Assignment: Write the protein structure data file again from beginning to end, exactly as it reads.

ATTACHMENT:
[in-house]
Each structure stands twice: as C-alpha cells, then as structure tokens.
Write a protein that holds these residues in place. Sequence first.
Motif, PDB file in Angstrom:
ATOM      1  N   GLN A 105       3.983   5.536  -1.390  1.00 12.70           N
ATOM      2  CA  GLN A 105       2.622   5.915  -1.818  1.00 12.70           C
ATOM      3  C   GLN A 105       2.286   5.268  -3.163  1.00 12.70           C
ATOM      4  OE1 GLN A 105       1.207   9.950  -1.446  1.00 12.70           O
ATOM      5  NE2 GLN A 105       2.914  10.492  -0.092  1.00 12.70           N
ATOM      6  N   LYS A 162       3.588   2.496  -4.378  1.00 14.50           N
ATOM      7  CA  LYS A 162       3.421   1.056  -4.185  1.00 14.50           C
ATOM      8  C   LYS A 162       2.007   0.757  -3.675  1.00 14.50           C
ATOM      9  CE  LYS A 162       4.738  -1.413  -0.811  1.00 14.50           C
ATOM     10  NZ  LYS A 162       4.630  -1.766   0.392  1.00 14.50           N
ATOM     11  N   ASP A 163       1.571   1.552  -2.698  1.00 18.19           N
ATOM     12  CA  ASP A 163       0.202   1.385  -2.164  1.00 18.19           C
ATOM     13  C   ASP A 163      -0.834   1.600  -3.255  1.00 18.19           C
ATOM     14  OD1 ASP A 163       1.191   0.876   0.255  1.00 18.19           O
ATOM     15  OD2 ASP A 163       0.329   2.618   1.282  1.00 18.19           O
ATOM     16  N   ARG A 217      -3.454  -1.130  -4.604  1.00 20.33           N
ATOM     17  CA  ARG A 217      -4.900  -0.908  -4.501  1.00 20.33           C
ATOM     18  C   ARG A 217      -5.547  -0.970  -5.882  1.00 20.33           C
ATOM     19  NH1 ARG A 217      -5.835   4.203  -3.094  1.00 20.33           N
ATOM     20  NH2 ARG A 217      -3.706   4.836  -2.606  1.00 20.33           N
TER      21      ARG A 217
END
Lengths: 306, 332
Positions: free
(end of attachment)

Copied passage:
[in-house]
Each structure stands twice: as C-alpha cells, then as structure tokens.
Write a protein that holds these residues in place. Sequence first.
Motif, PDB file in Angstrom:
ATOM      1  N   GLN A 105       3.983   5.536  -1.390  1.00 12.70           N
ATOM      2  CA  GLN A 105       2.622   5.915  -1.818  1.00 12.70           C
ATOM      3  C   GLN A 105       2.286   5.268  -3.163  1.00 12.70           C
ATOM      4  OE1 GLN A 105       1.207   9.950  -1.446  1.00 12.70           O
ATOM      5  NE2 GLN A 105       2.914  10.492  -0.092  1.00 12.70           N
ATOM      6  N   LYS A 162       3.588   2.496  -4.378  1.00 14.50           N
ATOM      7  CA  LYS A 162       3.421   1.056  -4.185  1.00 14.50           C
ATOM      8  C   LYS A 162       2.007   0.757  -3.675  1.00 14.50           C
ATOM      9  CE  LYS A 162       4.738  -1.413  -0.811  1.00 14.50           C
ATOM     10  NZ  LYS A 162       4.630  -1.766   0.392  1.00 14.50           N
ATOM     11  N   ASP A 163       1.571   1.552  -2.698  1.00 18.19           N
ATOM     12  CA  ASP A 163       0.202   1.385  -2.164  1.00 18.19           C
ATOM     13  C   ASP A 163      -0.834   1.600  -3.255  1.00 18.19           C
ATOM     14  OD1 ASP A 163       1.191   0.876   0.255  1.00 18.19           O
ATOM     15  OD2 ASP A 163       0.329   2.618   1.282  1.00 18.19           O
ATOM     16  N   ARG A 217      -3.454  -1.130  -4.604  1.00 20.33           N
ATOM     17  CA  ARG A 217      -4.900  -0.908  -4.501  1.00 20.33           C
ATOM     18  C   ARG A 217      -5.547  -0.970  -5.882  1.00 20.33           C
ATOM     19  NH1 ARG A 217      -5.835   4.203  -3.094  1.00 20.33           N
ATOM     20  NH2 ARG A 217      -3.706   4.836  -2.606  1.00 20.33           N
TER      21      ARG A 217
END
Lengths: 306, 332
Positions: free